“These jars are placed on the platform at the back of the cave, which is raised a little higher than the cave floor.  Not only that, but they are laid on a bed of broken rock, almost a gravel.  The back of the cave slopes very gently down to the front of the cave and you may not have noticed it when you came in, but the tunnel entrance to the cave is also very gently sloped.  If any water leaking from the rocks above us were to enter this cave, it would tend to flow quite naturally out the entrance and away down the hill outside.   Any water around the jars would flow through the loose rocks under the jars, rather than around the jars themselves.”
“Not only that,” he continued, excitement creeping into his voice, “but the jars themselves are unusual.  Each one is covered with a thick wax coating.  The one jar that we’ve already opened had a thick wax coating on both the outside and the inside and the mouth of the jar was very heavily sealed, much more so than you would normally expect.  All the jars are laid on the rocks in the same way, lying down on their sides, but with the mouth higher than the rest of the jar itself.  It would be exceedingly hard for water to enter the jars.  In fact I’d guess the cave would have to be flooded to a depth of four or five feet before that would happen.  A most unlikely event.  The loose rock covering the jars also provides protection from any debris falling from the cave roof above.”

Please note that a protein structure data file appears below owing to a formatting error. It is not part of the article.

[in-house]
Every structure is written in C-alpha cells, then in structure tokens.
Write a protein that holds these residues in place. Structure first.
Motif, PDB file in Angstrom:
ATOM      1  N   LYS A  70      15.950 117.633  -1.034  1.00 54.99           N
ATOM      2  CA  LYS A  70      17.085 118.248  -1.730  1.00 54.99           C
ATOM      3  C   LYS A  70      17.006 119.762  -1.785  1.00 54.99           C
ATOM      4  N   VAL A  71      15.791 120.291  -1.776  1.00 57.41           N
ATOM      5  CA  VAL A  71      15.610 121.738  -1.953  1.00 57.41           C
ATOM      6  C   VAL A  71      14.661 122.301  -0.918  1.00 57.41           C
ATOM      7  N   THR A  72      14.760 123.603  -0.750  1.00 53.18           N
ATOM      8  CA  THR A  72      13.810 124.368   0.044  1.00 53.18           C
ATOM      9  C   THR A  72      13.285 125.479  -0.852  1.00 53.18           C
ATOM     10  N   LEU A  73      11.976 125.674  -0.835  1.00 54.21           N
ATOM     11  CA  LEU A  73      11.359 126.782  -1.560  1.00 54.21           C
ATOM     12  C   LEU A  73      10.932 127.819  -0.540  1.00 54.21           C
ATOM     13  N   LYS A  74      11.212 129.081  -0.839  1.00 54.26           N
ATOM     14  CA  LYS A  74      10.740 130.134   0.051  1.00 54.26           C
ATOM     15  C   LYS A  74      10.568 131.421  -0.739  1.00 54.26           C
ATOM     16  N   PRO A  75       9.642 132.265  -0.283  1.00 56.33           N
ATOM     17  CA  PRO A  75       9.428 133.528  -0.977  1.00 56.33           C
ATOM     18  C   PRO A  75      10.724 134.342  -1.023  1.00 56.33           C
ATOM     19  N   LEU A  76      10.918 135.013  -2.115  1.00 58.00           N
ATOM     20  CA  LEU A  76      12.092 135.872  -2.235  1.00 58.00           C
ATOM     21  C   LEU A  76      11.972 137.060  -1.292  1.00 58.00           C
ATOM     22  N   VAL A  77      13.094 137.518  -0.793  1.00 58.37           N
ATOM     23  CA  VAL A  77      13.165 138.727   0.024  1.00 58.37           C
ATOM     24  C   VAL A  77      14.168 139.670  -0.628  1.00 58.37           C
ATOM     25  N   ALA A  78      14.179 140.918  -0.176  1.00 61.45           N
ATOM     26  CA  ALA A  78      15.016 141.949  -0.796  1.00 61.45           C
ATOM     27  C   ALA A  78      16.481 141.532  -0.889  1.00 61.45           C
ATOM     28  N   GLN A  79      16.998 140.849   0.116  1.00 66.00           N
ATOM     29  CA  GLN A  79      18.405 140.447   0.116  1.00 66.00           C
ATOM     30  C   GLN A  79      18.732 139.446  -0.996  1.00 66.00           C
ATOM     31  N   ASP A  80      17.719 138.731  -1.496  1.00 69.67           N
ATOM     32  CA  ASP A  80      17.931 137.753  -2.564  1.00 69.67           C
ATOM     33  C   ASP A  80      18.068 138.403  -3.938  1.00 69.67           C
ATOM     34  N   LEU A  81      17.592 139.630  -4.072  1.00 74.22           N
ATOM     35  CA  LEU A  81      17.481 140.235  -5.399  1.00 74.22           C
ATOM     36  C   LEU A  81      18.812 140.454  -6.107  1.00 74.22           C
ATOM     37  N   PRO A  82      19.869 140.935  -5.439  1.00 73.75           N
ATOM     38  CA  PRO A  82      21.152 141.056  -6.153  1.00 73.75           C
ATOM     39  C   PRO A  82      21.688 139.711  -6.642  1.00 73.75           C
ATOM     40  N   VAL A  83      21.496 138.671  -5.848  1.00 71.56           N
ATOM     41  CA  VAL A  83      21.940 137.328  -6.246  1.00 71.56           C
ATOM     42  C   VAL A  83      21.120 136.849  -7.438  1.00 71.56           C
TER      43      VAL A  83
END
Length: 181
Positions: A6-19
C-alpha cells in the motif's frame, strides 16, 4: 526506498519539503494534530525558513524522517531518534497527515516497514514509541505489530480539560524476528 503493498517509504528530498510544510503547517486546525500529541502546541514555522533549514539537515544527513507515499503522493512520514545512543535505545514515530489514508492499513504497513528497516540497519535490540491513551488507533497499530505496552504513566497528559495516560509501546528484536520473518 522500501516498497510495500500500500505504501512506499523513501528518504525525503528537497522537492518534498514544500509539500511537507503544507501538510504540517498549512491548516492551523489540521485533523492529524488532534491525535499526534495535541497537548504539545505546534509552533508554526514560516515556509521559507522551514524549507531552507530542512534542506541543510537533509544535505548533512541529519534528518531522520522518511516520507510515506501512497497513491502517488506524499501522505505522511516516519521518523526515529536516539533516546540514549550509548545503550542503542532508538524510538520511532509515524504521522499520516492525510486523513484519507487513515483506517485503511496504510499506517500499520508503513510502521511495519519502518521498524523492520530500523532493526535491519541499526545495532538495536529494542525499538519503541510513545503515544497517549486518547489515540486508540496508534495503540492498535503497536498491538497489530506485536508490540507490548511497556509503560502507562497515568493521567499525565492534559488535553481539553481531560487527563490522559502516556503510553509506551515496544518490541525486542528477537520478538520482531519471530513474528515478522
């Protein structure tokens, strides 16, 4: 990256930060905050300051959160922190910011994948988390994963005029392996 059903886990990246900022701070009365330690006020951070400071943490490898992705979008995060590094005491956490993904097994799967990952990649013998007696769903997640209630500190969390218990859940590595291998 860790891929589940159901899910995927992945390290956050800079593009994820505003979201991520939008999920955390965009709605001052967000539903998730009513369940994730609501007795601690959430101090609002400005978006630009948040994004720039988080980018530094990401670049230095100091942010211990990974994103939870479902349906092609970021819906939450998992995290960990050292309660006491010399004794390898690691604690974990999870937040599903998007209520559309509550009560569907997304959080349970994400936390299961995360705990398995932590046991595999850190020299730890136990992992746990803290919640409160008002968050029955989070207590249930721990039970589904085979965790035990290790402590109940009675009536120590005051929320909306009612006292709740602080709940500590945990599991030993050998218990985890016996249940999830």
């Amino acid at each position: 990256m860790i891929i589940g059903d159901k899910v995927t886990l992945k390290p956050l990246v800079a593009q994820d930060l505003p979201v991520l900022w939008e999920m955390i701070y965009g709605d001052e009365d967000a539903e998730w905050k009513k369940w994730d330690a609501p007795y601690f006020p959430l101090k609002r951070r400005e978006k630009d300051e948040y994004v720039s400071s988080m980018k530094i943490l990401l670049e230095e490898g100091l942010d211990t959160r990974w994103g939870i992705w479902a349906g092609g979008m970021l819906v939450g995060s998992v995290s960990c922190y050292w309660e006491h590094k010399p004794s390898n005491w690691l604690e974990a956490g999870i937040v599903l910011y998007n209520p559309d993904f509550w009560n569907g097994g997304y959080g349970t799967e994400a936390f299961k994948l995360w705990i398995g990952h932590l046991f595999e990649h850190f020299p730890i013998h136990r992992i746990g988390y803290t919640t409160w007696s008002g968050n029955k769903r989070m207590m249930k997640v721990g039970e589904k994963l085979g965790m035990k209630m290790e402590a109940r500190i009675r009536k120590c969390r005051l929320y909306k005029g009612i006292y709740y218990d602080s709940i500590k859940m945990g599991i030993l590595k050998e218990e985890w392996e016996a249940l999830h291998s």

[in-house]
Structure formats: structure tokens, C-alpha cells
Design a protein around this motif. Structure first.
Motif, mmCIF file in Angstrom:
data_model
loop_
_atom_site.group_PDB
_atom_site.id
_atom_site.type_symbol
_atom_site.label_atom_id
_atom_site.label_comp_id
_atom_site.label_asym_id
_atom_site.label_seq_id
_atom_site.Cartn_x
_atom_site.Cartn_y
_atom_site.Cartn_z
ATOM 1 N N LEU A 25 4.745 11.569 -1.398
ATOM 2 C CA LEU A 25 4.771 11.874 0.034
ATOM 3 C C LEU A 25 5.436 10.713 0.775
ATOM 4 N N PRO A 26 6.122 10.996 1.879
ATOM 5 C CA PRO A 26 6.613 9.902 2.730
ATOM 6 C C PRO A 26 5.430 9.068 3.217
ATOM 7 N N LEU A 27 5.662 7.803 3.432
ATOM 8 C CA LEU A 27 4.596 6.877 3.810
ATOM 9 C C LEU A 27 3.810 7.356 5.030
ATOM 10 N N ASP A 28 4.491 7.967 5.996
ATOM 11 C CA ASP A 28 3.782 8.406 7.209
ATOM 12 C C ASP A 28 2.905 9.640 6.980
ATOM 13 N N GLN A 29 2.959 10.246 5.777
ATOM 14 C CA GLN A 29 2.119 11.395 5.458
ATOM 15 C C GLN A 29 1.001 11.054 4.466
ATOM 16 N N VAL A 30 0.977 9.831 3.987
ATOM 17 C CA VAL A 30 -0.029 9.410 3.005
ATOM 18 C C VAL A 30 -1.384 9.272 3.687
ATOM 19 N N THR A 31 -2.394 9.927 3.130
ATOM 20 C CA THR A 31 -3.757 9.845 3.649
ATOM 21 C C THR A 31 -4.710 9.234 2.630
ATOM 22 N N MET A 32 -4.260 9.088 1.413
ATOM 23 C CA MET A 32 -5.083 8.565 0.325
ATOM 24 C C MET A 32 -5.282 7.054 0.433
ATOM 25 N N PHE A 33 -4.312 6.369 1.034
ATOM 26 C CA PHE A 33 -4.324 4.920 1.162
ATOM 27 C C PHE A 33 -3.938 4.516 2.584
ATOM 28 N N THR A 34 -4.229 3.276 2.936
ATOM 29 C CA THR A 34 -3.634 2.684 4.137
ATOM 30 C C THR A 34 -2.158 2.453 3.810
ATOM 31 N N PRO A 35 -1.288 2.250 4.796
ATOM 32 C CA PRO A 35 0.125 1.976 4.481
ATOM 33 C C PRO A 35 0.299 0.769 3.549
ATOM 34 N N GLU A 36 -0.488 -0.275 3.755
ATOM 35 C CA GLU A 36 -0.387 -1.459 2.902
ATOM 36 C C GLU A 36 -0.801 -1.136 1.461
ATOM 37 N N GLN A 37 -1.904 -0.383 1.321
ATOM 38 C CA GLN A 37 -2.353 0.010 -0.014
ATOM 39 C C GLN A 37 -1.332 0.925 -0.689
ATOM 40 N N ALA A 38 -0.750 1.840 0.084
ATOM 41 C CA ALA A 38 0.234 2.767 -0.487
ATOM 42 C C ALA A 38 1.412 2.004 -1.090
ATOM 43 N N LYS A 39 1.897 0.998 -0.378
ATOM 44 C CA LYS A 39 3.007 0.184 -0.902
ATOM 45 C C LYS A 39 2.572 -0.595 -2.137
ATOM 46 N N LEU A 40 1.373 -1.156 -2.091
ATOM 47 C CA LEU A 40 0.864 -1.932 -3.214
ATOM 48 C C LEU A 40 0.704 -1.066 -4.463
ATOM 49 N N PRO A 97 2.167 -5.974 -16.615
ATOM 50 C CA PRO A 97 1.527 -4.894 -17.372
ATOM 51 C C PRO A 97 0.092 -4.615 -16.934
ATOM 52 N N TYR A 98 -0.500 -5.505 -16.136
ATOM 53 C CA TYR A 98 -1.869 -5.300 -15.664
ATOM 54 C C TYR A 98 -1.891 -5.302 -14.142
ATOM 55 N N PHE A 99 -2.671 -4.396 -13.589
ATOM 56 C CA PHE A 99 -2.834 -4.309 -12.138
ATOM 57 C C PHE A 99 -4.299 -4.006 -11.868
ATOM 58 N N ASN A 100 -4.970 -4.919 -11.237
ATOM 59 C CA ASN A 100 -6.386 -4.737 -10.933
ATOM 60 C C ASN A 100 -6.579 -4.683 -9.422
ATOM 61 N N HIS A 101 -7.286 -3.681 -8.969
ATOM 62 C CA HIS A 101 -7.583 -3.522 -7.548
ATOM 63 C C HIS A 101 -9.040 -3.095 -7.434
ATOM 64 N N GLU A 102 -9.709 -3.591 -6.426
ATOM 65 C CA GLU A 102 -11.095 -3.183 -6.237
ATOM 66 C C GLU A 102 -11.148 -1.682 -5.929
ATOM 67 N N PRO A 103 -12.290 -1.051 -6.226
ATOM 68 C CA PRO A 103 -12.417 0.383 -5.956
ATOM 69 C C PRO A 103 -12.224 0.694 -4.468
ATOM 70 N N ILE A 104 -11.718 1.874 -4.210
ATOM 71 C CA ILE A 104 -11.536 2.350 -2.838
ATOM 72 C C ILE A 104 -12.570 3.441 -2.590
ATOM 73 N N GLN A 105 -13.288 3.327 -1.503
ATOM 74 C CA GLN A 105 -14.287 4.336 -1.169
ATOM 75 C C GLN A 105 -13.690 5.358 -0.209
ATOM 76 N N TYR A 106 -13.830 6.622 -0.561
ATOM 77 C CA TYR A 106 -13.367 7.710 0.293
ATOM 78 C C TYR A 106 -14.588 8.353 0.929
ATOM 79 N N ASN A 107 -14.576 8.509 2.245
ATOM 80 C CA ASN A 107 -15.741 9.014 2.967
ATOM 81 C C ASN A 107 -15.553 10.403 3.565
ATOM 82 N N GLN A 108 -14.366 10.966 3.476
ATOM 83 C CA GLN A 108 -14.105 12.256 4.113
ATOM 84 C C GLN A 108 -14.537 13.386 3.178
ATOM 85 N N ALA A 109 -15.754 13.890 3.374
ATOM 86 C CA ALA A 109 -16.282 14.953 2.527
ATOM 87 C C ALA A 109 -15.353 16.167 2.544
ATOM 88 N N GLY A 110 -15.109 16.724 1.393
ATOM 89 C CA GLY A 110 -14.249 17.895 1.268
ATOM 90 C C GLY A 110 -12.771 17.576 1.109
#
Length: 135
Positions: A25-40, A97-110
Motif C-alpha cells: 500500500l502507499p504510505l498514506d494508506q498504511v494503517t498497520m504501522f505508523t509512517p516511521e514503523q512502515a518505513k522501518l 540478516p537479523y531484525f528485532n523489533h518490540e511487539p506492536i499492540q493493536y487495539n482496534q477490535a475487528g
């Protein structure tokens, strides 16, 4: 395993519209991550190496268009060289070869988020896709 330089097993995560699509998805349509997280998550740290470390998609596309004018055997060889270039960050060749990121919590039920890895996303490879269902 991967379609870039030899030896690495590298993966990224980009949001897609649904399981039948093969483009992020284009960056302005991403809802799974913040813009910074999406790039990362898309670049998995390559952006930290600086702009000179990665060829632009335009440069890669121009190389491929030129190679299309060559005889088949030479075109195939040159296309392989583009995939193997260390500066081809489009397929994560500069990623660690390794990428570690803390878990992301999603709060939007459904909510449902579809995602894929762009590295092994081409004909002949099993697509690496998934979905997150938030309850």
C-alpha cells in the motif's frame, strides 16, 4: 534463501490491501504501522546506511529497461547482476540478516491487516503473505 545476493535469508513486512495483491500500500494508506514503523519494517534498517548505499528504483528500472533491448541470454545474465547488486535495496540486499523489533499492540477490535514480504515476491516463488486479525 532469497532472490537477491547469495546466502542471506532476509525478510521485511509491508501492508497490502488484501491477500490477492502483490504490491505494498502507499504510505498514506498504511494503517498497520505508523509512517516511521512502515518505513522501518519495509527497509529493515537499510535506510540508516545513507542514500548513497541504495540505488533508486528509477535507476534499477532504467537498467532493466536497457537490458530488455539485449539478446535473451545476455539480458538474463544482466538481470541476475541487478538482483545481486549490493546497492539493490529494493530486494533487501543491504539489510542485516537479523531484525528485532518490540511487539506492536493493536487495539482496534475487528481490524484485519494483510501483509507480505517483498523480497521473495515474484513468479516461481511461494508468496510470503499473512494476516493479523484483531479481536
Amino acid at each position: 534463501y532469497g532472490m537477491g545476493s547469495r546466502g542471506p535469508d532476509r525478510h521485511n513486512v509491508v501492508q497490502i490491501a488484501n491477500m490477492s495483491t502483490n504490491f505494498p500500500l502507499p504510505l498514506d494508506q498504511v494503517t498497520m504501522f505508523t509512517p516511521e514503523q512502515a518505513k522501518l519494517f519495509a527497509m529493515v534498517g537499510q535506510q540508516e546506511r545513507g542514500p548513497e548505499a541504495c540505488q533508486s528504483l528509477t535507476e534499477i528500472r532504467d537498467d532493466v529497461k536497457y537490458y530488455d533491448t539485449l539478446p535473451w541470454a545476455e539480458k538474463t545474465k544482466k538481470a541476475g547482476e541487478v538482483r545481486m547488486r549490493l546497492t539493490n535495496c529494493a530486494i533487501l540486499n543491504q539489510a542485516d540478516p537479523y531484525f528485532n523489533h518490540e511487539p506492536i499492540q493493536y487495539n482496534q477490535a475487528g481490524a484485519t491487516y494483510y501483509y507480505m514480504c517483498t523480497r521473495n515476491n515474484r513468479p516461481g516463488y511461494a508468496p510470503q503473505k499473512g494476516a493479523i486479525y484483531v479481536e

“In my estimation and I see from your expressions that you already think the same, this cave was very carefully designed and prepared to store the jars, probably with the intention of protecting them for many years.  It obviously worked with amazing success.  If the initial dating of the first scrolls is correct, this secret cache of jars was deliberately and carefully hidden some 2,000 years ago and has remained hidden and undisturbed ever since.  The first jar contained some forty scrolls.  If the others also contain documents, well, we’ll have found a veritable library.”